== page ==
Photo Information

Marines with 4th Law Enforcement Battalion, Force Headquarters Group, Marine Corps Forces Reserve, out of St. Paul, Minn., conduct suspect barricade and vehicle ambush training during Special Reaction Team training aboard Marine Corps Recruit Depot Parris Island, July 16. The small detachment combines reserve Marines spanning across the country executing annual training requirements to become proficient in Special Reaction Team tactics. The Special Reaction Team is capable of isolating a crisis scene, providing proficient marksmanship support, conducting tactical movement and building entry, and clearing buildings in a variety of light and weather conditions.

Photo by Sgt. Marcy Sanchez

4th LEB conducts SRT training

24 Jul 2014 | Sgt. Marcy Sanchez

An abandoned building with little to no visibility, an unforeseen environment that can house the most dangerous of situations, lives depending on action. These are the situations Special Reaction Team members train for and react to with split-second decisions determining life or death.

Marines with 4th Law Enforcement Battalion, Force Headquarters Group, Marine Corps Forces Reserve, trained on SRT tactics and fundamentals designed to familiarize the Marines with operations in a Special Reaction Team during an SRT course aboard Marine Corps Recruit Depot Parris Island, July 7-18.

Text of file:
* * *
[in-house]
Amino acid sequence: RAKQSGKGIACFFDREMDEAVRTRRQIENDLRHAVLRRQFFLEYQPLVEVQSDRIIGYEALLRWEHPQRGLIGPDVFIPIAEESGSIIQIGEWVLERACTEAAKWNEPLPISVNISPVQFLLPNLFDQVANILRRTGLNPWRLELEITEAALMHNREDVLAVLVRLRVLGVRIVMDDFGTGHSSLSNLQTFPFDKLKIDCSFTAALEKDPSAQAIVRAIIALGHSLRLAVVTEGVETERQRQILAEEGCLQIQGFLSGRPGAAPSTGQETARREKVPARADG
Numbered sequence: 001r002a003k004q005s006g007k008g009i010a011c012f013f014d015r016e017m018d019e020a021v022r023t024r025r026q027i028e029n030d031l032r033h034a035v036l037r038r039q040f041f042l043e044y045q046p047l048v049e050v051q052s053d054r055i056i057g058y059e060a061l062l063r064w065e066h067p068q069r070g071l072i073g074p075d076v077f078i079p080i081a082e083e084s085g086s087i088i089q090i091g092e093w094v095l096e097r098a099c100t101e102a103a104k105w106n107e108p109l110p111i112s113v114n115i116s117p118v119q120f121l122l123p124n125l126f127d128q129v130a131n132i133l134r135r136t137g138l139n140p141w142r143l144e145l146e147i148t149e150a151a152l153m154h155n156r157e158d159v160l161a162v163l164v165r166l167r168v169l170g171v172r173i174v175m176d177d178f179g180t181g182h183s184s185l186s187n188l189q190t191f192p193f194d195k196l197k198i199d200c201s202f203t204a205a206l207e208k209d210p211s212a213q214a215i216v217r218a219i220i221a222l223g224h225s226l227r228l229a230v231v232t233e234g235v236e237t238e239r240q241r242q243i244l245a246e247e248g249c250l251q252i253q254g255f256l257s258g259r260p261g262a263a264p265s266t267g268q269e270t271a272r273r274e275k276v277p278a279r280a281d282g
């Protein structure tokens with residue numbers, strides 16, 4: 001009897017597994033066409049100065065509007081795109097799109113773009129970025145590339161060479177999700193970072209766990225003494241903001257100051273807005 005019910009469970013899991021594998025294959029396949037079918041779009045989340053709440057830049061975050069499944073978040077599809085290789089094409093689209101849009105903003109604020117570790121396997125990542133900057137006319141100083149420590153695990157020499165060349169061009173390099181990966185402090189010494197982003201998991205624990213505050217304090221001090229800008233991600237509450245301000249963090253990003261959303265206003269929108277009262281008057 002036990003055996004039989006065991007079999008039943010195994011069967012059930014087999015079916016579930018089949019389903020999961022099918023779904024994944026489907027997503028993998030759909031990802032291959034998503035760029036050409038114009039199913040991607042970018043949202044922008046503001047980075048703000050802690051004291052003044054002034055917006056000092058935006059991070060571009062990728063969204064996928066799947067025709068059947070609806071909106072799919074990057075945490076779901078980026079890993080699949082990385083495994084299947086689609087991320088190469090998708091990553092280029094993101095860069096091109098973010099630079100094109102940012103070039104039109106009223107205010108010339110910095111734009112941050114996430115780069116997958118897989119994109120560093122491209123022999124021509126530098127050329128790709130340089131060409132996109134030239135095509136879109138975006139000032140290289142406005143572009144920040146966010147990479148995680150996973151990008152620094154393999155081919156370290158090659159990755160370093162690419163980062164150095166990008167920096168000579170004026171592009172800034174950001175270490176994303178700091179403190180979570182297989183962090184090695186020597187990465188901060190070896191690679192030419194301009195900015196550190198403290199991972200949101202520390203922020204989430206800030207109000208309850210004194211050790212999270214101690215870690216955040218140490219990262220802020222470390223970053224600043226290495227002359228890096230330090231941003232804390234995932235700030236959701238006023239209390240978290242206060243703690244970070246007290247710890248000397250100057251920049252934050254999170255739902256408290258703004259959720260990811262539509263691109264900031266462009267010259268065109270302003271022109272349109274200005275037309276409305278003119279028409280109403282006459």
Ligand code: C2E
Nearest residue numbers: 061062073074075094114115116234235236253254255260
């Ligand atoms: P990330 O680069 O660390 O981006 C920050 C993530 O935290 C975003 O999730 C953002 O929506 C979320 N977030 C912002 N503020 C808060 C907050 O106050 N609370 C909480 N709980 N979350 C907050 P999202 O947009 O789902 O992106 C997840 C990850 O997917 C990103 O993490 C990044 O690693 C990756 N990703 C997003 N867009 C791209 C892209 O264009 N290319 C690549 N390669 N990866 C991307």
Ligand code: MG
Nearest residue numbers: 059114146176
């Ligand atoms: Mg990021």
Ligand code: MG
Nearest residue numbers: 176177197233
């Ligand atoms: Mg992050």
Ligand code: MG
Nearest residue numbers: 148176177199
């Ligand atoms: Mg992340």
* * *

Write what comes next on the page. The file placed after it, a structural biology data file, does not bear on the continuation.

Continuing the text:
“Any critical situation on an installation which calls for above and beyond your normal military policeman, the SRT teams are called in and they are trained to handle any threat, any situation on that installation,” said Brian Corbin, an instructor with Advanced Training Group, Marine Corps police academy-East. “It gives them a basic understanding of how to operate in a Special Reaction Team for the Marine Corps which is an equivalent of a civilian S.W.A.T. team.”

Corbin, a native of Seabrook, South Carolina, is an instructor at the SRT course along with Marines and civilians from the Provost Marshal’s Office at Marine Corps Air Station Beaufort.

During the two-week long training, Marines learned through classroom instruction as well as hands-on instruction including small-arms fire training. At the conclusion of the course, Marines were tested with a two scenarios allowing them to execute proper tactics and techniques to immobilize their subjects.

“We take a simulated bad guy and have the students go in, identify the location of the subject, confront and immobilize the suspect,” explained Corbin.

Aside from live-fire familiarization, the training included principles and fundamentals in Close-Quarter Battle, hostage rescue, apprehension and control, and hostage negotiation.

 “It’s a lot of great skillsets that we are going to take back that we can not only teach to our Marines but take them with us to other units,” said 2nd Lt. Brian Mcnelis, a military police officer with 4th LEB. “[The course] is refining our skills even more for those urban environments, clearing rooms and searching areas.”

According to Mcnelis, the skills taught through the SRT course will assist 4th LEB succeed with slowly increasing advisory roles overseas.

“Military police are starting to take on a lot of advisory roles as our enemies and tactics have changed,” said Mcnelis, a 31-year-old native of Dayton, Ohio. “What we’re doing out in the field, those responsibilities are starting to go to infantry units. A lot of times we’ll augment infantry units to help handle weapons caches, handle high-priority targets if we’re not focused on totally destroying the subject.”

The Special Reaction Team aboard MCAS Beaufort is responsible for providing the Air Station commanding officer and the provost marshal with a credible response team for any major situation, such as a terrorist incident or a crisis situation.